Cron Scheduler

Cron job flow complex

The PipeGears hosted cron scheduler lets you schedule cron jobs and tasks that run automatically whenever you want them to. You can create complex jobs with multi-path execution flows by connecting blocks together visually. Flows can execute several different actions, including:

  • Sending one or more emails
  • Triggering HTTP requests
  • Sending messages to Slack
  • Writing or reading from a database
  • Publishing an MQTT message
  • or even sending a Tweet on Twitter.

Each cron job can perform complex logic and branch into multiple concurrent or conditional paths if needed. For example, PipeGears provides these basic logic modules to perform any type of string operation on the data:

  • String matching, substring extraction, or regex
  • String parsing (JSON, CSV)
  • Secure hashing (MD5, SHA)
  • Encoding and decoding (Base64, URL, HTML)
  • Math operations
  • Boolean logic
  • Date formatting

You can create multiple cron jobs, and they can each run with their own independent timezone.

Cron Scheduler

A cron scheduler defines its schedules with 5 entries, each entry representing a specific timeframe. The scheduler will execute its job when the current time matches all fields specified. Individual fields in the cron schedule represent: minute(0-59), hour(0-23), day of month(1-31), month(1-12), day of week(0-6) or (sun-sat). For example, the schedule: 45 23 * * sat will run every Saturday at 23:45
Cron scheduler explanation

A wildcard field * means that the job will run at every interval. For example, the entry 0 * * * * will run at every hour every day of the month every month and any day of the week.

Cron Scheduler Examples

  • Yearly at 9:00 on February 14th, every year: 0 9 14 2 *
  • Monthly at 14:45 on the 1st day of each month: 45 14 1 * *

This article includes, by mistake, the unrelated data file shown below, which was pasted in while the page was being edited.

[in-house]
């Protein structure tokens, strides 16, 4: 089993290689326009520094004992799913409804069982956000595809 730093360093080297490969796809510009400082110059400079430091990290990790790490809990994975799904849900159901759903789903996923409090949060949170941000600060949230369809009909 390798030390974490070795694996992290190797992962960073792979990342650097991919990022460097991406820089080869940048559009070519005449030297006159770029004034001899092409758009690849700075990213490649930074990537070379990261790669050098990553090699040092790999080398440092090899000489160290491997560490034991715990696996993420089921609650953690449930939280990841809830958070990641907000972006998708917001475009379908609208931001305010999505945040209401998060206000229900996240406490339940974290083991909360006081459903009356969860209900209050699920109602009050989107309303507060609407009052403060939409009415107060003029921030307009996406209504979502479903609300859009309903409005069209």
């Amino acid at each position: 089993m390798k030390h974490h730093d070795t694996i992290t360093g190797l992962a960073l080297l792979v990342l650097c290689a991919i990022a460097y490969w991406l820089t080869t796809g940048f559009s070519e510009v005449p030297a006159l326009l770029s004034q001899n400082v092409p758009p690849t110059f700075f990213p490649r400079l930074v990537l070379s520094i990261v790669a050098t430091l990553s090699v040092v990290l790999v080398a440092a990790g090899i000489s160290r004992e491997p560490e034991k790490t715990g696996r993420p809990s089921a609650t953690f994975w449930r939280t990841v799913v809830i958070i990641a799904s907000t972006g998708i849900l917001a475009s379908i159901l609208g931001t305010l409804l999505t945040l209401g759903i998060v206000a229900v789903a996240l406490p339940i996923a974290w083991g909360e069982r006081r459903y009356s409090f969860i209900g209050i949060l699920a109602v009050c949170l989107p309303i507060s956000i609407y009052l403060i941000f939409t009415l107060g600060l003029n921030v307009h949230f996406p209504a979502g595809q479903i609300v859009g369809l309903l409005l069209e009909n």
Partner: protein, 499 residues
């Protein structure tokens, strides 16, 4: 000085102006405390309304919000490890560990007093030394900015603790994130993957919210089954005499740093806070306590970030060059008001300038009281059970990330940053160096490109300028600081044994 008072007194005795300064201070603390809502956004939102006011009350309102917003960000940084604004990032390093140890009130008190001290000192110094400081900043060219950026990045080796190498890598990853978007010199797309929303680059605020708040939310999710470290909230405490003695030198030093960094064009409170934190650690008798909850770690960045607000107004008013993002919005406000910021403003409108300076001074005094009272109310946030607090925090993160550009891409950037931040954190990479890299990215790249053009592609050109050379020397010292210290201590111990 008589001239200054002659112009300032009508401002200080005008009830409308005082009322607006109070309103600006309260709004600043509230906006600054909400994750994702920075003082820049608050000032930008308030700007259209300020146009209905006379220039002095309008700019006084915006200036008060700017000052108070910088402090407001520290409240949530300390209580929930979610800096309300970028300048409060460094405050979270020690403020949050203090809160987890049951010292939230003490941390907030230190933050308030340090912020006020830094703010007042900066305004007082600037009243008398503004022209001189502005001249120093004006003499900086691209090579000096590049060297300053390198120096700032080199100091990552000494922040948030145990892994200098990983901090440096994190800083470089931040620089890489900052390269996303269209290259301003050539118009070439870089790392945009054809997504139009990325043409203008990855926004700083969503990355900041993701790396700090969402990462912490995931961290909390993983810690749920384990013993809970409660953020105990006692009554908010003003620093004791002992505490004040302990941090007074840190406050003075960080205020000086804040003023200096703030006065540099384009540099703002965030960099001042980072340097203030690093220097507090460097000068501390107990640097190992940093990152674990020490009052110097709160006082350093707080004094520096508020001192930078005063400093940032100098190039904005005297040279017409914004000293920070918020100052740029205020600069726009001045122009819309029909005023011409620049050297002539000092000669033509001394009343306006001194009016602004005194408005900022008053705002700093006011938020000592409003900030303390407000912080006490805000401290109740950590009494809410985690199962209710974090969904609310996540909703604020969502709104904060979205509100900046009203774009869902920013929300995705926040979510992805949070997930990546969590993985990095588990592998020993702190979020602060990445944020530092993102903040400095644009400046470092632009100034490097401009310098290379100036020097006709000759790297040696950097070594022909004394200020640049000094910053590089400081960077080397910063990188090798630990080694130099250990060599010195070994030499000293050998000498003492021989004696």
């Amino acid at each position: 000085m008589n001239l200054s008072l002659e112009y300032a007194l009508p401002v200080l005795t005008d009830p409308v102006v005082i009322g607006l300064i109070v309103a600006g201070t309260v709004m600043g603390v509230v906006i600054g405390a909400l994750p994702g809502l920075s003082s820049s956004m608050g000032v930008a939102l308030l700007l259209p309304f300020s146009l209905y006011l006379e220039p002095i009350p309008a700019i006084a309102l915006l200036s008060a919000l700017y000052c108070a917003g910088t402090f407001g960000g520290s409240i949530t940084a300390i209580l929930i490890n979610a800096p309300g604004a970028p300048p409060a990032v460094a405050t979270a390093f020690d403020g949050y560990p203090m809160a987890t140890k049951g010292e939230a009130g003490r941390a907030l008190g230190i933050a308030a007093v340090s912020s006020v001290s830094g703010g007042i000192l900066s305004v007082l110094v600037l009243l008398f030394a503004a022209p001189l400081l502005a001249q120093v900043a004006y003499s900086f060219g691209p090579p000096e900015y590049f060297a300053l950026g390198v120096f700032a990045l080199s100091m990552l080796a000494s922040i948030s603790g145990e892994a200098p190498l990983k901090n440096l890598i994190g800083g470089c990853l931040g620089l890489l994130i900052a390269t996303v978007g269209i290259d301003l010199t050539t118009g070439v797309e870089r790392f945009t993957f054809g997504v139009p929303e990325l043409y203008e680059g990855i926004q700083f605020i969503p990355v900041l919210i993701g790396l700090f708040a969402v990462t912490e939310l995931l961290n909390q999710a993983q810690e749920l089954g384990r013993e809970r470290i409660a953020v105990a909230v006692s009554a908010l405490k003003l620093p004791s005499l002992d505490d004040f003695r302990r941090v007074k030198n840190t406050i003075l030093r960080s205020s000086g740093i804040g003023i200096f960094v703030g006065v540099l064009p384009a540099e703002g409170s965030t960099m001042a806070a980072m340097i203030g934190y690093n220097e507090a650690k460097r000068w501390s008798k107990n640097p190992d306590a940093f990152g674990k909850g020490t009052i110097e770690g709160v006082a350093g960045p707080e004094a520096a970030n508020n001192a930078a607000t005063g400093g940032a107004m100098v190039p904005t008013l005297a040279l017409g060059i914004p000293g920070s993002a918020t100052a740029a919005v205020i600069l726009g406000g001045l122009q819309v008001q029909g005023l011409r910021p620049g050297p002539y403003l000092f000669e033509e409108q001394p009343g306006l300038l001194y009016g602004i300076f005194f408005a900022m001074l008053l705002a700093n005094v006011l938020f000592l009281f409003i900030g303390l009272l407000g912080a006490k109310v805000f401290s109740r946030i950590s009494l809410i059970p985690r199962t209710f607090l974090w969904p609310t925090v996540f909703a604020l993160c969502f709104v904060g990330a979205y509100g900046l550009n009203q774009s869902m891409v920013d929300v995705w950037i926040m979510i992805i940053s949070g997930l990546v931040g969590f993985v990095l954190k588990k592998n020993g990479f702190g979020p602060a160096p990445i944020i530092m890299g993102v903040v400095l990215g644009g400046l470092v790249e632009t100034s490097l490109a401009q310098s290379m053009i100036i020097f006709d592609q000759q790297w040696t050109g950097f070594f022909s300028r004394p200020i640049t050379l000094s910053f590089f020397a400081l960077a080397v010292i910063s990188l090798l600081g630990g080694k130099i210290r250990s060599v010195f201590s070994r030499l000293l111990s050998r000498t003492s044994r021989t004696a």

• Weekly at noon every Tuesday: 0 12 * * 2
  • Daily 10 minutes after midnight every day: 10 0 * * *
  • Hourly at five minutes past the hour: 5 * * * *
  • 3:30 every day from the 5th through 10th of each month: 30 3 5-10 * *
  • 9:00 on the 1st, 7th, 15th and 28th of each month: 0 9 1,7,15,28 * *
  • 7:30 every weekday (exclude Saturday and Sunday): 30 7 * * 1-5
  • 9:30 the first Monday of every month: 30 9 1-7 * 1

Building a Cron Job with PipeGears

PipeGears can trigger automation flows with its cron scheduler. Flows are made up of one or more functional modules that each perform a different function or action when the cron job runs. You create a flow by dragging modules onto a canvas and connecting them together visually.

Triggers are special types of modules that initiate the execution of a flow. PipeGears provides many types of triggers, including a cron trigger which runs according to its cron schedule. Each cron trigger can have its own independent timezone.

Cron jobs in PipeGears can be very simple or very complex. For example, a very basic cron job that triggers an HTTP request once per hour looks like this:

Cron job flow simple

Each module in the flow is configurable. In this example, we’ve set the cron scheduler to run every hour every day, and use the New York timezone:

Cron schedule configuration
Cron schedule configuration

Then, we set the HTTP Request to invoke a target URL and issue a GET request. The HTTP Request supports all methods (GET, POST, PUT, PATCH etc) as well as any custom HTTP header. In the case of POST, PUT or PATCH methods, you can provide the body as well. Once configured, you just press “start” and the cron job is live:

Http module configuration
Http module configuration

Common Use Cases

UNIX sysadmins have been using cron schedulers to automate tasks for years. With a hosted cron service like PipeGears, anyone can create cron jobs. Let’s look at a few use cases:

  • Send daily reminders by email, Twitter or Slack
  • Retrieve a daily digest from an external HTTP API and forward it to someone, or upload it to another API
  • Collect log files from a system via its HTTP API
  • Automatically check a website for broken links and send an alert if needed
  • Execute a health check on a remote server
  • Trigger batch jobs on remote systems
  • Measure the responsiveness of a web page and send an alert if a threshold is broken
  • Check for the presence of a specific string or message on a remote web page
  • Monitor a webpage for changes and send an email when one is detected
  • Schedule database or system updates
  • Trigger continuous integration and delivery pipelines